The relatively high prevalence of the diagnosis of dissociative disorder not otherwise specified is frequently considered to be disproportionate the disproportionate rate of this diagnosis is thought to be related to nosologic and/or diagnostic issues in dissociative identity disorder. We sought to investigate and compare the symptom patterns of these two clinical entities. We conducted a cross-sectional study involving 1314 participants who were screened with the Dissociative Experience Scale (DES) and the Somatoform Dissociation Questionnaire (SDQ). Of the participants, 272 who scored above the cut-off points for the screening questionnaires (DES score > 30 and/or SDQ score > 40 points) were invited to complete a structured interview using the Dissociative Disorders Interview Schedule (DDIS); of this subsample, only 190 participants agreed to participate in the second phase of the study the mean score for the DES was 18.55 ± 17.23, and the mean score for the SDQ was 30.19 ± 13.32. Of the 190 participants, 167 patients were diagnosed as having a dissociative disorder (87.8%). We found that DD-NOS was the most prevalent category of dissociative disorder there was a significantly larger percentage of patients in the DID group than in the DD-NOS group according to secondary features of DID and Schneiderian symptoms the secondary features of DID and Schneiderian symptoms appeared to be more specific for DID, while no differences were detected between DID and DD-NOS based on most of the items on the SCL 90R. Further longitudinal studies are needed to determine the features that are similar and dissimilar between DD-NOS and DID. © 2014 Elsevier Inc. Source


Atasoy H.,Yeditepe University | Gulec-Yilmaz S.,Yeditepe University | Ergen A.,Istanbul University | Gormus U.,Istanbul Science University | And 11 more authors.
In Vivo | Year: 2015

Background/Aim: Reactive oxygen species (ROS) are involved in the development of certain neuropsychiatric disorders. Paraoxonase 1 (PON1) activity has been suggested to be adversely related to oxidative stress in plasma. The purpose of the present study was to demonstrate the relationship between serum PON1 activity and PON1 192 polymorphism in panic disorder (PD). Materials and Methods: Fourty-two patients with PD and 46 healthy controls were included in this study. PON1 192 genotypes were determined by polymerase chain reaction- restriction fragment length polymorphism (PCR-RFLP) analysis. PON1 activity was measured by spectrophotometric assay of p-nitrophenol production following the addition of paraoxon. Results: PON1 192 AA genotype and A allele in PD were significantly higher than in the control group, whereas the B allele was found to be significantly higher in the control group. Patients with panic disorder have lower PON1 activity than the control group. Conclusion: The PON1 192 AA genotype may increase the risk of PD depending on lipid peroxidation. Source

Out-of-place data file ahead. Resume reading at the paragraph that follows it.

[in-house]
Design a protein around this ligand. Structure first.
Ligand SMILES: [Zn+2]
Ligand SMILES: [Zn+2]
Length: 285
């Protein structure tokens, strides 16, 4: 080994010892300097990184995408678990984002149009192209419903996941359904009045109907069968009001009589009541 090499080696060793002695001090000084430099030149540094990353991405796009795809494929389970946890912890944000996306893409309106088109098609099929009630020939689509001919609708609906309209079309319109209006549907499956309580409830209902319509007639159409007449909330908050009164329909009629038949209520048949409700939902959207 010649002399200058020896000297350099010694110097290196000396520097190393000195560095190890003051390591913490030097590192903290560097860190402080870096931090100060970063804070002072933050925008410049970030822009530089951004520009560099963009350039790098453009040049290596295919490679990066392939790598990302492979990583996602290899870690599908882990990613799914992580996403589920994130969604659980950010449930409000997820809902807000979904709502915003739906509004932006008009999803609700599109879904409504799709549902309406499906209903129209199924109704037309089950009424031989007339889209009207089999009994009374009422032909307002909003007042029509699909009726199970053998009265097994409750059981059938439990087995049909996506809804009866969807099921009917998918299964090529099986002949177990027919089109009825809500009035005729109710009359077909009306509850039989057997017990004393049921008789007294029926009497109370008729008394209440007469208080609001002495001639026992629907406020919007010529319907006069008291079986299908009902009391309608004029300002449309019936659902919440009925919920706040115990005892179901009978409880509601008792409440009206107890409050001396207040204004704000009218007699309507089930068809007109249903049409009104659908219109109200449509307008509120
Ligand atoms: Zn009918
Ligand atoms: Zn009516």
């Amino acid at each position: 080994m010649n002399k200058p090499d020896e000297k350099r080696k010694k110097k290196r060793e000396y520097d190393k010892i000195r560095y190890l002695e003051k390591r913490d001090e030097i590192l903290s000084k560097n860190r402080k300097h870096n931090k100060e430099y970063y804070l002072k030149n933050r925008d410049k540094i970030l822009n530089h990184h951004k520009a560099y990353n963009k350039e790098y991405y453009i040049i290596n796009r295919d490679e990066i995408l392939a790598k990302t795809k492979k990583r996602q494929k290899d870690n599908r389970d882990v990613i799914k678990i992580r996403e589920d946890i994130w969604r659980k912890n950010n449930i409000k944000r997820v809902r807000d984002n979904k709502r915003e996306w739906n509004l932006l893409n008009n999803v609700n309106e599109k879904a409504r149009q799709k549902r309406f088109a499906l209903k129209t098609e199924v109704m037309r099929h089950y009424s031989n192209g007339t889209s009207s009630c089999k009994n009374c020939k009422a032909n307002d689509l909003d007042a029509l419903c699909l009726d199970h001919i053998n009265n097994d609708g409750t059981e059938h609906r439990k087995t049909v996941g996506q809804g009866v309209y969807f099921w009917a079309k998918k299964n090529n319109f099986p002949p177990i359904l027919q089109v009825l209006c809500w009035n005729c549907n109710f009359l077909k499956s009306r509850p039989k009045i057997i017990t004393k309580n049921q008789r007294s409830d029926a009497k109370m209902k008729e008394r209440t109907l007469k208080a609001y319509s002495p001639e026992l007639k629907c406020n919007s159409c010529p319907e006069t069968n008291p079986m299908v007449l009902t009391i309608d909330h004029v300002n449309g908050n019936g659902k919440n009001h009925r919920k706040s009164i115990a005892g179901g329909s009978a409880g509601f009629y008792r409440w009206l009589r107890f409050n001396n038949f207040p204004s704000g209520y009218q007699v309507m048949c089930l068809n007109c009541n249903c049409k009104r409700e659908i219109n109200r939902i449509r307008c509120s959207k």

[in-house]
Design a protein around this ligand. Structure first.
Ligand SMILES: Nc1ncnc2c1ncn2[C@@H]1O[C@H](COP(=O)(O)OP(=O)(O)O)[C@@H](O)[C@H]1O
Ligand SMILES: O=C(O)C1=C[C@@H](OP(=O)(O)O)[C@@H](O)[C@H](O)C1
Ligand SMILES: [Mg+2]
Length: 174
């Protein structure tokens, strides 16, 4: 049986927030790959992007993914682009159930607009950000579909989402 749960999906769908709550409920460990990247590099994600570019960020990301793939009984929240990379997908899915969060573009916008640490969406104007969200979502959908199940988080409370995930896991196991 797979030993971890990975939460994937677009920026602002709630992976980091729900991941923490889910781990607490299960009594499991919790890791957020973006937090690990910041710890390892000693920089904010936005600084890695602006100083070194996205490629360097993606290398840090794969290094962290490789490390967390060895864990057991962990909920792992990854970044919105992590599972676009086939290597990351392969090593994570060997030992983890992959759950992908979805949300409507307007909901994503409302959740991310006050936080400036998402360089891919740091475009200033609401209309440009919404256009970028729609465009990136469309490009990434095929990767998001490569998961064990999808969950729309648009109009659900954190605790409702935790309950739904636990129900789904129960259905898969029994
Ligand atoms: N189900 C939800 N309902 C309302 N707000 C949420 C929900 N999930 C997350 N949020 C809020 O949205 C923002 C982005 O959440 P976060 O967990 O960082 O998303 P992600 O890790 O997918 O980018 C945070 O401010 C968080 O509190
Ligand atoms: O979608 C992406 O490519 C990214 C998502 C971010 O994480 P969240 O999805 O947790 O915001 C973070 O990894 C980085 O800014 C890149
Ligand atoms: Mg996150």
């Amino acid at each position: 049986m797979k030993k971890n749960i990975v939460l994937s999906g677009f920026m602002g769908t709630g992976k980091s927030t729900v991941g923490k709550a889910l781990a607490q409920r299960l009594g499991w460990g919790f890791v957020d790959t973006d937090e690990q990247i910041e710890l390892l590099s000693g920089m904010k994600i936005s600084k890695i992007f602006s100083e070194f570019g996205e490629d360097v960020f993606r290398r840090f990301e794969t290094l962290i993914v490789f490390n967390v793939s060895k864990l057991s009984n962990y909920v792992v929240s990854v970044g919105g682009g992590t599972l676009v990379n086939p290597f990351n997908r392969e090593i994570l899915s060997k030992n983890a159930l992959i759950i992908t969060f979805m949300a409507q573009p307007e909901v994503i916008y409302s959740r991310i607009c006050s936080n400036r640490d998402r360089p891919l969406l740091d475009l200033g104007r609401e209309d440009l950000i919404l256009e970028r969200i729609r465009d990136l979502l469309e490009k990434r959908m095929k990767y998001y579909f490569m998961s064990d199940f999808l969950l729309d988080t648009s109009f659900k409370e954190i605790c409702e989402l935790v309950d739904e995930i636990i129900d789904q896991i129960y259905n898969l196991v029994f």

Gulec-Yilmaz S.,Yeditepe University | Gulec H.,Erenkoy Mental Research and Training Hospital | Dalan A.B.,Yeditepe University | Cetin B.,Erenkoy Mental Research and Training Hospital | And 6 more authors.
In Vivo | Year: 2014

Background: The angiotensin converting enzyme (ACE) gene, which has been found to have an insertion and deletion polymorphism (I/D), is of increasing interest in etiology and treatment of various psychiatric disorders such as panic disorder. The present study aimed to investigate the relationship between ACE polymorphism and panic disorder. Materials and Methods: In this study, 43 patients diagnosed with panic disorder at the Erenköy Mental and Neurological Diseases Training and Research Hospital, Istanbul and 41 healthy controls were enrolled. The ACE gene insertion/ deletion polymorphism of exon 16 was evaluated using the polymerase chain reaction method. Results: There was a significant association between I/D genotype and panic disorder (p=0.003). However, the frequency of the I allele was found to be significantly higher in patients compared to controls (p=0.002). In addition, we recognized a significant association between I/D polymorphism and respiratory-type panic disorder in patients. Carriers of the D allele also had an increased risk of respiratory type panic disorder patients (p=0.034). Moreover, the result of Spearman correlation analysis showed an association with ACE D allele and severity of panic disorder (p<0.001). Conclusion: We suggest that the I/D polymorphism of the ACE gene is associated with panic disorder and particularly respiratory-type panic disorder in patients. The I/D polymorphism of the ACE gene seems to influence therapeutic outcome in patients suffering from panic disorder. Our results indicate that ACE D allele is associated with the severity of panic disorder. Source